When Baton Rouge Advocate reporters Rebekah Allen and Richard Thompson did some good old-fashioned journalistic digging last week to report that hysterical Iraqi oil scam perpetrated by Nungesser and political ally State Republican Party Chairman Roger Villere, it threw LouisianaVoice into a scramble mode. http://theadvocate.com/news/politics/15398751-125/lt-gov-billy-nungesser-gop-chairman-roger-villere-work-to-recruit-unlikely-iraq-to-louisiana-busin
In short order we found that Nungesser and Villere had fallen for a similar con run by the same company (Alexandros, a corporation registered in Delaware), but instead of the State of Louisiana and Nungesser and Villere, the targets were the governor of the U.S. Virgin Islands and former Baton Rouge Metro Council member Darrell Glasper. https://louisianavoice.com/2016/04/12/louisiana-has-a-new-clown-prince-but-its-egg-not-a-pie-all-over-lt-gov-nungessers-face-after-succession-of-blunders/
But by the time the light came on in Nungesser’s head, Krusty had already been cued. https://www.youtube.com/watch?v=SzLHU6S4oic
By then, however, it was too late. He had fired off letters to Secretary of State John Kerry, the U.S. Ambassador to Iraq Stuart Jones and to Iraqi Prime Minister Haider al-Abadi, and even issued a press release to (thankfully) only one news outlet, The Washington Post which (again, thankfully) did not run with the story.
Oh, and he also passed himself off as the one man in state government responsible for economic development (quick: someone let Secretary of Economic Development Secretary Donald Pierson know) and he said he was acting on the directive of Gov. John Bel Edwards (he wasn’t).
Sources tell LouisianaVoice that when Edwards heard about the two-man theater of the absurd, he had two state troopers interrupt Nungesser during an address to a group of businessmen and escort him to the governor’s office where he had a little come-to-Jesus meeting with Edwards. We weren’t able to get a confirmation or denial of that story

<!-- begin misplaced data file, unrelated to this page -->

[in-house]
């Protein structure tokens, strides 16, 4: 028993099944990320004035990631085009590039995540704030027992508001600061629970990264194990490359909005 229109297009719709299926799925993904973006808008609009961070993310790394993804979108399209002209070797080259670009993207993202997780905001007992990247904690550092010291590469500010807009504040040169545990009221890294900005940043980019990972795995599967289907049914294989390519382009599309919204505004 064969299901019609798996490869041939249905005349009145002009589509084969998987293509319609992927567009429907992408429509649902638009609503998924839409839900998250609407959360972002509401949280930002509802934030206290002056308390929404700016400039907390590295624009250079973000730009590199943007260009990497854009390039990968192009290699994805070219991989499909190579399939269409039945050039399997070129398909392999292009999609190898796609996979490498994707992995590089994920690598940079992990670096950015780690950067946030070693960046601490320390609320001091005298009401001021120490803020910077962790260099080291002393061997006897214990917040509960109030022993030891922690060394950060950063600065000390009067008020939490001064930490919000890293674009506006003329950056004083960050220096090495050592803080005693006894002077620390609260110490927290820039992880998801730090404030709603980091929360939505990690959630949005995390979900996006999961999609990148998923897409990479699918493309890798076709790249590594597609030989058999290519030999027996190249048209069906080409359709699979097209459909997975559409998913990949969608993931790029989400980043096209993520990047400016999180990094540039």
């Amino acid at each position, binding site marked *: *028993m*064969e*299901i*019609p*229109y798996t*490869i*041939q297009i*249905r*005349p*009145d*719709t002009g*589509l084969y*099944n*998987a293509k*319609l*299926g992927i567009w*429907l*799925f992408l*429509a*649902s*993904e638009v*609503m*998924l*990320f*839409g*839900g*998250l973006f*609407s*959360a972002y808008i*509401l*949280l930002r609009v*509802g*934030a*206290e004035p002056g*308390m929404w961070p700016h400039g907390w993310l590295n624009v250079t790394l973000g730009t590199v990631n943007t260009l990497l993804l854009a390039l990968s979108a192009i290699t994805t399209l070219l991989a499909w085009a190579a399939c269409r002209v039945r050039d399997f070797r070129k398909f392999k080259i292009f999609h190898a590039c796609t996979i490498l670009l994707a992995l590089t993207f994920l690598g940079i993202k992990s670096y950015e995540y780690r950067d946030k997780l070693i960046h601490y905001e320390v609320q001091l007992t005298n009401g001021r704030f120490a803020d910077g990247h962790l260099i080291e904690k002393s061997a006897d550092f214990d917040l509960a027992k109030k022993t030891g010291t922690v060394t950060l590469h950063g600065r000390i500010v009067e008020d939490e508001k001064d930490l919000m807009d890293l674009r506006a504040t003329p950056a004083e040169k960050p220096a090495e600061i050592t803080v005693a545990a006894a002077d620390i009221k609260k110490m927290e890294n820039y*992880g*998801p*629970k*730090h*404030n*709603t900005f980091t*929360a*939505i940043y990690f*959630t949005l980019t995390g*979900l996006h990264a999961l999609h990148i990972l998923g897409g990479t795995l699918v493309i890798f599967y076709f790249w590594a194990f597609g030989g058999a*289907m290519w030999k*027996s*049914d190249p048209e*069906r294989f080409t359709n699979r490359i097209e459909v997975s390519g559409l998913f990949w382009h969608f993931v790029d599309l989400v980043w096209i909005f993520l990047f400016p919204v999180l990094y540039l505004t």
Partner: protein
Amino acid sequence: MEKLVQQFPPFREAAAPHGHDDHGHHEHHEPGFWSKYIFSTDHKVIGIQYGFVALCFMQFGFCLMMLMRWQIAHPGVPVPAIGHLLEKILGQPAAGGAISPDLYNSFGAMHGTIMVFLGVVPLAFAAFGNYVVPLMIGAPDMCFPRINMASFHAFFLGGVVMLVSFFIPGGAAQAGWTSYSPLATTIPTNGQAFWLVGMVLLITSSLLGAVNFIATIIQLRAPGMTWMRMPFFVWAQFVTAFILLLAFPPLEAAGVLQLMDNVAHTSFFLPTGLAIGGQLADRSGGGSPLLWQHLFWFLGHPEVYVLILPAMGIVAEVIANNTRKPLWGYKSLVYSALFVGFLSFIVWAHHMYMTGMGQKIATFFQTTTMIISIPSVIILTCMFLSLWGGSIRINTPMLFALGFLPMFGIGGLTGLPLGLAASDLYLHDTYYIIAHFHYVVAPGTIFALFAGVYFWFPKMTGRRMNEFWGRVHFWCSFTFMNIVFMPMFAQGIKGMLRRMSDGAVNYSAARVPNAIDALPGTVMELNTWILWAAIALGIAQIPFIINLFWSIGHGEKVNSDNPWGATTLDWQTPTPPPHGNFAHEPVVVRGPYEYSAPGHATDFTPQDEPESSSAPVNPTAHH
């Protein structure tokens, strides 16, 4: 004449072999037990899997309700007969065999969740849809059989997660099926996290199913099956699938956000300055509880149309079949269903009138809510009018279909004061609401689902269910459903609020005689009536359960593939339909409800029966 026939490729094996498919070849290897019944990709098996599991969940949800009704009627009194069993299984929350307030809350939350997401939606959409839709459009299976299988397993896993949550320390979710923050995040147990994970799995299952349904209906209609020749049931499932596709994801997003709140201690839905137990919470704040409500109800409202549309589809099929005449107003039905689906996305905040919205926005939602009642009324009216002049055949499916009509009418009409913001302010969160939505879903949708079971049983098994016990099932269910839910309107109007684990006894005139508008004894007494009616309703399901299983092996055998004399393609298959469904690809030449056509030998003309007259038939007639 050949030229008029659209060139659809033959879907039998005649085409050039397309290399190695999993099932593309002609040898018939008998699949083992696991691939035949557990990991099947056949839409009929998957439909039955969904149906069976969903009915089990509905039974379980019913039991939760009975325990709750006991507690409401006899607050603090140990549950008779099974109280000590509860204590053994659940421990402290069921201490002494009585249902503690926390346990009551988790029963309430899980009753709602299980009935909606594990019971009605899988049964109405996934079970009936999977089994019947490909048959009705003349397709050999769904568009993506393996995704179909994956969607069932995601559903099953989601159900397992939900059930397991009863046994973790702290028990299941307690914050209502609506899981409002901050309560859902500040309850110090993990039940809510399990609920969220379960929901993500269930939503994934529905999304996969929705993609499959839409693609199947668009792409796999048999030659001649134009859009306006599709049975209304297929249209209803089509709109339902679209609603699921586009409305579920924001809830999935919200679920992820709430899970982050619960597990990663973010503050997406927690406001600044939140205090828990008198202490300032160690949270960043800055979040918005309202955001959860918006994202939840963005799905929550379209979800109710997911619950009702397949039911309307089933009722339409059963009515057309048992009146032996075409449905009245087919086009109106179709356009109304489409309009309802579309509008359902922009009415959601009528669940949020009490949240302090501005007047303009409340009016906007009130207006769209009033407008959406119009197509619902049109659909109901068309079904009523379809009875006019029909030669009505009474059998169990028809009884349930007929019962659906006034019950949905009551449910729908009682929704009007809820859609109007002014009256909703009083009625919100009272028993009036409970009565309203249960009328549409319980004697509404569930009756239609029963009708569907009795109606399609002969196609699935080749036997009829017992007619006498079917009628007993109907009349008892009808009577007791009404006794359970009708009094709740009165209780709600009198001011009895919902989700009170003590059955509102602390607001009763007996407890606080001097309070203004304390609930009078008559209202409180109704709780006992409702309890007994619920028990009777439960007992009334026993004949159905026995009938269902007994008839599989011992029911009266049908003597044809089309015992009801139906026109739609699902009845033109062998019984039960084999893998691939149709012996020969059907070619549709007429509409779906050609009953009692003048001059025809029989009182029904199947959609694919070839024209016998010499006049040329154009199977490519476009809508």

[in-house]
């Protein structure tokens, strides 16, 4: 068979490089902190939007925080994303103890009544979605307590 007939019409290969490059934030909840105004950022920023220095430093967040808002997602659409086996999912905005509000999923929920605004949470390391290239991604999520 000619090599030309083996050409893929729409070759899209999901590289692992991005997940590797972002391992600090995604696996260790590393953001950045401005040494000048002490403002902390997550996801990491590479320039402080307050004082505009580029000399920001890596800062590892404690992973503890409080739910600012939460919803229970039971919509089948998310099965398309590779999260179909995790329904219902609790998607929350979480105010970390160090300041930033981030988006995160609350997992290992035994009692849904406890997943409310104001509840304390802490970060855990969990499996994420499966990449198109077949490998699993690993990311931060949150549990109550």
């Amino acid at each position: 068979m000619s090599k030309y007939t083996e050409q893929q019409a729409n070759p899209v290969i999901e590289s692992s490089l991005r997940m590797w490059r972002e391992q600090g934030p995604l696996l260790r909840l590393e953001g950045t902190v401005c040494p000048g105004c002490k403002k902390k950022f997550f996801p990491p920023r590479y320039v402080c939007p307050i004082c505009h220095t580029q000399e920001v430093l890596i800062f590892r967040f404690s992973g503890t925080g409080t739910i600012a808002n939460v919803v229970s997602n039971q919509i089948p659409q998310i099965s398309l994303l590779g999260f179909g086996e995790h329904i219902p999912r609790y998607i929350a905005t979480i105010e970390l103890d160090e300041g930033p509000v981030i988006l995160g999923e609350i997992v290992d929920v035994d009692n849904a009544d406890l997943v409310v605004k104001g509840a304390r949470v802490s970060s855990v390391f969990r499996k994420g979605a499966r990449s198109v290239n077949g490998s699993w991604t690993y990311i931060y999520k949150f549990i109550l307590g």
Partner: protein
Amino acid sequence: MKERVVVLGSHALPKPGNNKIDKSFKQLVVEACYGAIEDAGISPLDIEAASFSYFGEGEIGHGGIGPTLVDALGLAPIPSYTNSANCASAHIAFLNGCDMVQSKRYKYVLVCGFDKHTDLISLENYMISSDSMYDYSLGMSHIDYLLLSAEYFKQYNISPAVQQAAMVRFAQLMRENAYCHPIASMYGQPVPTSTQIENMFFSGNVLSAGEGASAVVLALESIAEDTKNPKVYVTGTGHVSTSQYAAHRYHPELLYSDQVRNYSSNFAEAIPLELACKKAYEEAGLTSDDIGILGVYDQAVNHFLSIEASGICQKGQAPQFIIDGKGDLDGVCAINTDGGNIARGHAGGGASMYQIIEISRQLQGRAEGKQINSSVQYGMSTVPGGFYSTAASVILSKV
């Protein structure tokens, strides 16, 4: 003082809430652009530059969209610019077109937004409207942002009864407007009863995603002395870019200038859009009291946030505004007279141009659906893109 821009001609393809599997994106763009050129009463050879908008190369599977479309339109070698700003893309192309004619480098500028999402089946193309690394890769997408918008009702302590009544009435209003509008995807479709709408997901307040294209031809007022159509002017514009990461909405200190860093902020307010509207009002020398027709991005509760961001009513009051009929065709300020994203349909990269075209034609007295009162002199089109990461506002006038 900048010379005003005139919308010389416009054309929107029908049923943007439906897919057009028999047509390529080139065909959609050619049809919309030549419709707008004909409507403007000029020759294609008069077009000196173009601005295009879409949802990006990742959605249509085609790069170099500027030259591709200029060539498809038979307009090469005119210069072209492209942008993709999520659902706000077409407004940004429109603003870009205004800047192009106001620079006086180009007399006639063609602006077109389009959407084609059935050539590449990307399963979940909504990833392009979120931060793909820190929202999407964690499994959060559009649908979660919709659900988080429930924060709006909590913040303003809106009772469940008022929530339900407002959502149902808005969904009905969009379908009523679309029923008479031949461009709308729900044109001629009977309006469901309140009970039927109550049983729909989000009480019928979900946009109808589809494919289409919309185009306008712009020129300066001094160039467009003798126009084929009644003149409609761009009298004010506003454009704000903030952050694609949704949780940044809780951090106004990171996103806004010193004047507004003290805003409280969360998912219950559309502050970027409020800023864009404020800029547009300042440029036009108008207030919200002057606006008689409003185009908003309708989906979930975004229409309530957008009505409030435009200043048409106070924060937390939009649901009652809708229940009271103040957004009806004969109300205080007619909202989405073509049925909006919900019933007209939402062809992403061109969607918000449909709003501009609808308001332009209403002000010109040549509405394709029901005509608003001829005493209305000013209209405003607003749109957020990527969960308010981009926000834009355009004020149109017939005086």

Nungesser, of course, did the only logical thing: he first blamed his staff, saying the letters should never have reached his desk. He then tried to throw Villere under the bus by saying the state GOP chairman had requested the letters from him. Finally, in an appearance on the Jim Engster radio show, he said the letters were in the middle of a stack of thank-you notes and he didn’t actually read them.
Did he learn his lesson? Apparently not. Even after the Iraqi letter-writing frenzy blew up in his face, he then told another group that Edwards had put him in charge of coastal restoration.
Trying to imagine Nungesser sitting at his desk feverishly signing all those thank-you notes, it’s difficult not to visualize Gov. William J. Lepetomane signing a succession of documents handed him by aide Hedley Lamarr in the movie Blazing Saddles. https://www.youtube.com/watch?v=sm1Jyusyoqk
Back during those heady days as Plaquemines Parish President, Nungesser decided he’d like to bring a brand spanking new Wal Mart to the lot at the corner of LA. 23 and LA. 406 in Belle Chasse.
The only problem was there was a moratorium on big box stores on the books that the parish council had passed and by the time it expired about a year later, the tide of opinion on the council had turned against Nungesser’s proposal.